MOTOR SPORTS—JACK BRABHAM, 40, of Australia virtually clinched his third world driving championship when he drove his Repco-powered Brabham Special an average of 86.1 mph to win the German Grand Prix at Adenau, Germany. Brabham, who had won the British, French and Dutch Grands Prix, completed the 212.7-mile course in 2:27.3 and now has 39 points toward the championship—22 more than second-place Graham Hill of England.
SKIING—French skiers won the first two major races of the world Alpine championships in Portillo, Chile as JEAN-CLAUDE KILLY took the men's downhill, edging countryman Leo Lacroix, and ANNIE FAMOSE won the ladies' slalom, beating teammate Marielle Goitschel (page 12).
SWIMMING—In addition to the world records set at the Commonwealth Games, there were four more new marks established last week by U.S., Russian and German swimmers. SEMEN BELITS-GEIMAN, 21, a student at the Transport Engineering Institute in Moscow, lowered Australian Murray Rose's 1962 record in the 800-meter freestyle by 4.1 seconds with an 8:47.4 clocking; East Germany's EGON HENNINGER broke the 110-yard breast-stroke mark with a 1:08.4; LEE DAVIS of Brandywine, Del. set a new women's 1,500-meter freestyle record with an 18:21.7 (two seconds lower than Patty Caretto's 1965 mark); and MARTHA RANDALL of Wayne, Pa. swam the women's 200-meter freestyle in 2:11.4, breaking Australian Dawn Fraser's 1960 mark by .2 second. Both Miss Davis and Miss Randall set their records at the Eastern championships in Philadelphia.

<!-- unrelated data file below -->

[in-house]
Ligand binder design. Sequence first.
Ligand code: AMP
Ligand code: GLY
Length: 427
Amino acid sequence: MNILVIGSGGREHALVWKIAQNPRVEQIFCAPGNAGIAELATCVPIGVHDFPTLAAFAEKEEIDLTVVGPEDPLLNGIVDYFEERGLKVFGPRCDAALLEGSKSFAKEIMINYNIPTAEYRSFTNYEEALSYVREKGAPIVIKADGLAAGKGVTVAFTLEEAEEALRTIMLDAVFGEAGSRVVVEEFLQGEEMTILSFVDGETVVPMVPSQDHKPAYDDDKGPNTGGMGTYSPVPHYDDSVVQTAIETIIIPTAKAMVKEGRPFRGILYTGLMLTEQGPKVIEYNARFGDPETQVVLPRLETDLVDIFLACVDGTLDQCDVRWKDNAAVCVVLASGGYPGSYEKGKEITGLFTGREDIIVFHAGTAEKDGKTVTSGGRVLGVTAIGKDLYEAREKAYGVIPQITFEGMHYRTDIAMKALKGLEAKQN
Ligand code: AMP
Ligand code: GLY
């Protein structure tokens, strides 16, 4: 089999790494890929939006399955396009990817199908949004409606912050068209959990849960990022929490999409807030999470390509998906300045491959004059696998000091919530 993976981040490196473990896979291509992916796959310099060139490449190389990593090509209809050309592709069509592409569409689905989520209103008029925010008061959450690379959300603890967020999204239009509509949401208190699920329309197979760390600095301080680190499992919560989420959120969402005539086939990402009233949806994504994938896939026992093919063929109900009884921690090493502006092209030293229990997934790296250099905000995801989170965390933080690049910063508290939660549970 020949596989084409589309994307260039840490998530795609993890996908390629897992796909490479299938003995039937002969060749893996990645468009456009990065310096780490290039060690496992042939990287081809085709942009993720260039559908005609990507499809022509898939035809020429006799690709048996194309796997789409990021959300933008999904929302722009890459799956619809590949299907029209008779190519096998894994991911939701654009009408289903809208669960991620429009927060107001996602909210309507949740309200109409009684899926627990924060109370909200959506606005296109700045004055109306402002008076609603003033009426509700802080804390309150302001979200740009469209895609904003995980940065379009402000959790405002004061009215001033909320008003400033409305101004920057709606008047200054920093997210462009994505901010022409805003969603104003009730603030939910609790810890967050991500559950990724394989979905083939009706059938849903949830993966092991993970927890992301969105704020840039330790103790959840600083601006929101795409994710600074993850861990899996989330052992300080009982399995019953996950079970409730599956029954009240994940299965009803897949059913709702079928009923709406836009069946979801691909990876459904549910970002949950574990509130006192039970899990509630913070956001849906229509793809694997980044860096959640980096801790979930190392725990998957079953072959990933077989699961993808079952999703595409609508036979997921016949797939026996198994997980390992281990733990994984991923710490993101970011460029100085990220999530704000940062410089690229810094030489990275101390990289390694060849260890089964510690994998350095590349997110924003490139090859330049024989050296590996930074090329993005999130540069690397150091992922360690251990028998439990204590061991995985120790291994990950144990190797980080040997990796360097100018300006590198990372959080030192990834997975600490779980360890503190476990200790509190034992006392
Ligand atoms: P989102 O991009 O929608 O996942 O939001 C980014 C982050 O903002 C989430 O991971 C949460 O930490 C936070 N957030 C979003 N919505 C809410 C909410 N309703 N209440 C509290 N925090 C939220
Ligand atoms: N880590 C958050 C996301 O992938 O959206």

MILEPOSTS—ABANDONED: By Rick Mount (SI, Feb. 14), the Lebanon, Ind. high school All-America basketball player, his earlier decision to play ball at sunny University of Miami ( Fla.). Mount now has decided to matriculate at home-state Purdue.
REVERSED: By the AAU, the decision of a sympathetic official to allow DENISE PASCHAL to make up two events after she arrived late at the Women's National Pentathlon championships (SI, Aug. 8). Miss Paschal went on to win the title, defeating five-time winner Mrs. PAT WINSLOW of the Millbrae ( Calif.) Lions by 178 points. Mrs. Winslow's team protested, and last week the AAU ruled that Miss Paschal should not have been allowed to catch up to the field. Mrs. Winslow, the defending champion and the mother of a 4-month-old son, was belatedly awarded the title.
DIED: HARRY (Hank) GOWDY, 76, catcher for Boston's 1914 Miracle Braves and the first major league player to volunteer for service in World War I; in Columbus, Ohio. Gowdy was the hero of the 1914 World Series, when he hit .545 to lead the Braves, who had been last in the National League on July 4, past the Philadelphia Athletics in four straight games. Ten years later and then with the Giants, he became the Series goat when, with two outs in the 12th inning of the seventh game, his feet became entangled with his mask, and he could not hold onto a foul ball, giving Batter Muddy Ruel another chance. Ruel hit a double and later scored the run that won the Series for the Senators. After Gowdy finished his 18-year major league playing career (.270 BA) with a four-for-five day in 1930, he coached with three major league teams for 20 years.
DIED: ED (Strangler) LEWIS (his real name was Robert H. Friedrich), 76, five times the world heavyweight wrestling champion who, by his own records, won 6,200 matches and lost only 33; in Muskogee, Okla. With a 21-inch neck and a 270-pound frame, Lewis practically paralyzed his opponents with the vicious headlock that was his favorite hold. His professional career lasted 34 years, from 1904 through 1937.